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Collezione Giovanardi’s hires are seeking a new art institution to preserve Augusto Giovanardi’s pivotal legacy. Who will be the lucky one?
Every expert in European art from the last century will agree that the collection of Italian paintings built by Augusto Giovanardi and his wife Francesca Marzoli between 1947 and the late 1980s is a fundamental piece of Western art history, particularly with regards to artists such as Mario Sironi, Carlo Carrà, Filippo De Pisis, Osvaldo Licini and Giorgio Morandi. And these same experts, along with some maverick collector, are probably wondering what will happen to this unique body of 90 masterpieces now that the comprehensive exhibition dedicated to it by the city of Bologna at Palazzo Fava is over (Costruire in Novecento, capolavori della Collezione Giovanardi). ‘We are assessing how to proceed’ told a few days ago Luisa Cristiana Curti to CFA , ‘if we can’t find a public institution meeting the needs of the collection, we will take care of it ourselves”.
Ms. Curti is Augusto Giovanardi’s niece. She is the daughter of Marta Giovanardi, who prematurely died in 1998, just a year after she inherited the whole collection along with her elder sister, Paola Giovanardi Rossi. This latter and Ms. Curti are now the owners of the collection and are legally responsible for its good preservation. The whole collection is in fact officially protected by the Italian government, which ‘notified’ it in 1998 under specific request of Marta and Paola Giovanardi. It means that the Collezione Giovanardi can’t leave Italy, except for temporary exhibitions, and owners cannot divide it by selling any of the artworks.
From 1997 to 2015 the collection had been in deposit at the MART museum in Rovereto, under the direction of Gabriella Belli, now director of the Fondazione Musei Civici di Venezia. During this period the museum paid a fee to Paola Giovanardi Rossi and Cristiana Curti and took the responsibility of preserving and exhibiting the collection, that has been the museum’s crown jewel so far. But in 2015, due to a questionable change of strategy, the current museum director, Gianfranco Maraniello, decided to cut the fee and give the collection back to the owners.
Augusto Giovanardi was not only a distinguished scientist and university professor who played a pivotal role in the creation of the Italian national health system. He was also a master collector of contemporary art, devoted to quality and aware of the cultural values he was promoting by collecting art. He started buying young artists in 1949, when in order to feed his new passion he sold his collection of painting from the XVIII century. He was 45 at that time, and the first painting he bought was by Arturo Tosi, an artist he felt consistent with the kind of art he had been collecting until then – later he understood he wasn’t so. Soon he became client of the main contemporary art dealers in Milan, where he moved with his family in 1947. These early gallerists were Gino and Peppino Ghirighelli (Il Milione), Carlo Cardazzo (Il Naviglio), Bruno Grossetti (L’Annunciata), Ettore Gianferrari and Claudia, his daughter. ‘He was the kind of collector – says Cristiana Curti – who run to the train station to be the first one meeting Gino Ghirighelli arriving from Bologna with new paintings by Giorgio Morandi, for he wanted to buy the best pieces’. He was used to take two or three paintings each time, and bring them home. It took a few days to chose which one he would then acquire. But dealers knew he often bought all of them. ‘But my grandfather – says Ms Curti – was always ready to sell or swap works if that meant improving the quality of his collection. By the end of the Eighties, when he stopped buying, it included 14 pieces by Osvaldo Licini, 8 outstanding Filippo De Pisis, 8 Mario Sironi and 21 selected paintings by Giorgio Morandi, currently the artist’s main body of works available in a single collection.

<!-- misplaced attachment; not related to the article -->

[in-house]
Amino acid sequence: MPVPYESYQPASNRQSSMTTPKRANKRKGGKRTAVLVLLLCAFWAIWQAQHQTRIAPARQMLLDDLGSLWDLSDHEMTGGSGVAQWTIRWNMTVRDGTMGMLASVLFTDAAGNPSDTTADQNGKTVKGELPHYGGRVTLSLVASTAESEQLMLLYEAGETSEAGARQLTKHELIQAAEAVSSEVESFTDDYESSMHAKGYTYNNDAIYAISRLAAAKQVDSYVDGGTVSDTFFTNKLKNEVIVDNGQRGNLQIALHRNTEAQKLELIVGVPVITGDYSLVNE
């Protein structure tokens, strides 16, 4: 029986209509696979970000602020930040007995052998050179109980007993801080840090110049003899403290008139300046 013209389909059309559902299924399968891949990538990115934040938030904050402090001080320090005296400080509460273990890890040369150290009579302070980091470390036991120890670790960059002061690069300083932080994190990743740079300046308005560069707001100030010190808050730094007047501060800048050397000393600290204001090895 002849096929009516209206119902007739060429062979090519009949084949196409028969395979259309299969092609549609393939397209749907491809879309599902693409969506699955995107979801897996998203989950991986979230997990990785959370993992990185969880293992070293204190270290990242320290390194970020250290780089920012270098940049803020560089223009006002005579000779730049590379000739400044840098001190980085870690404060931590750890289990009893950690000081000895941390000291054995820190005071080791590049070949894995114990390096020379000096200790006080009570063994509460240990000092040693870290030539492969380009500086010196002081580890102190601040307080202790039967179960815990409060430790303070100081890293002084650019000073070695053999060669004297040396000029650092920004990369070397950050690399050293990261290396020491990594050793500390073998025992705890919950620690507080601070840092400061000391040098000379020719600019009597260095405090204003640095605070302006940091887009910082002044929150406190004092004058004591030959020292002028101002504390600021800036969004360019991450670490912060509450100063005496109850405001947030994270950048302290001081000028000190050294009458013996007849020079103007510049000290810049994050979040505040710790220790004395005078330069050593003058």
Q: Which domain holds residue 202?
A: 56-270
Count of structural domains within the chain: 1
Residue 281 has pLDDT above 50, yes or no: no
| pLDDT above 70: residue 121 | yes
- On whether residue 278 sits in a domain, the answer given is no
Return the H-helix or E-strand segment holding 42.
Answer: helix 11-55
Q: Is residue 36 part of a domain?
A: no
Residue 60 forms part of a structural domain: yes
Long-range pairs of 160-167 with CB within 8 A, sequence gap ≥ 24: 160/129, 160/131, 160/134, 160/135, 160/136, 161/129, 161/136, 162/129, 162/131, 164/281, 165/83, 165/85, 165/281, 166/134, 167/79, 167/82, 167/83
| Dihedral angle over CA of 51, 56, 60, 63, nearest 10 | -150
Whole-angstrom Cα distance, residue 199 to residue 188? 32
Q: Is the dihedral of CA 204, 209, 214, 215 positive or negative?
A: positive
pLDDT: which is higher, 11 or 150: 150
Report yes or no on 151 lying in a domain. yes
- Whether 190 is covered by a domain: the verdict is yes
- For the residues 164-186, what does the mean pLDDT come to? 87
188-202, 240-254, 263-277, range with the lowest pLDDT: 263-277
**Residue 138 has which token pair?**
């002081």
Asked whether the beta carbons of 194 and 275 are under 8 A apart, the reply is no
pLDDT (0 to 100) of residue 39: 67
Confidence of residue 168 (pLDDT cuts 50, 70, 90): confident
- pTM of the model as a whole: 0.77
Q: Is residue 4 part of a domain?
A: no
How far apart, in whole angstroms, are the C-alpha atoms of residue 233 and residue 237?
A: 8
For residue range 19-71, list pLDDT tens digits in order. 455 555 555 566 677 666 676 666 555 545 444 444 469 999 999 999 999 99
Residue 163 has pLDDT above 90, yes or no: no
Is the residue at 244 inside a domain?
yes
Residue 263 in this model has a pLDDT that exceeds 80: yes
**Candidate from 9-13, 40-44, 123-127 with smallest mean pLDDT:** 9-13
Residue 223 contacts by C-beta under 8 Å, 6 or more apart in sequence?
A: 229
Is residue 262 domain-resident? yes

Today many art professionals, and probably not only them, may argue that the private property of such an unique treasure is de facto limited by the Italian exportation law, and would disapprove Augusto’s heirs’ decision to spontaneously ask for their father’s collection to be ‘notified’ by the Italian authorities. And considering how it affects the economic value of each work in the collection they are probably right. But on the other hand the so called ‘notifica’ is also protecting against auction houses the extraordinary job made by Giovanardi during his life. In this regard, it is worth recalling that just a few months ago Sotheby’s liquidated, and forever dismembered, the extraordinary art collection of Alfred Taubman. In that case no one noticed the fact that very few people in history have been in a better position than Taubman for buying art. Sotheby’s, which operated this historical sale, lost its bet, for the guarantee it paid to the Taubman’s heirs for winning the consignment exceeded the sale total giving a very bad message to the market: why should I invest in art if even the collection of Alfred Taubman, rich businessman and former chairman at Sotheby’s, fail in making profits? In the instance of Collezione Givanardi the message is no market oriented, but somehow more positive and effective even without that high impact communication weapon that the bid price is: quality is always a better measure of intelligence than money.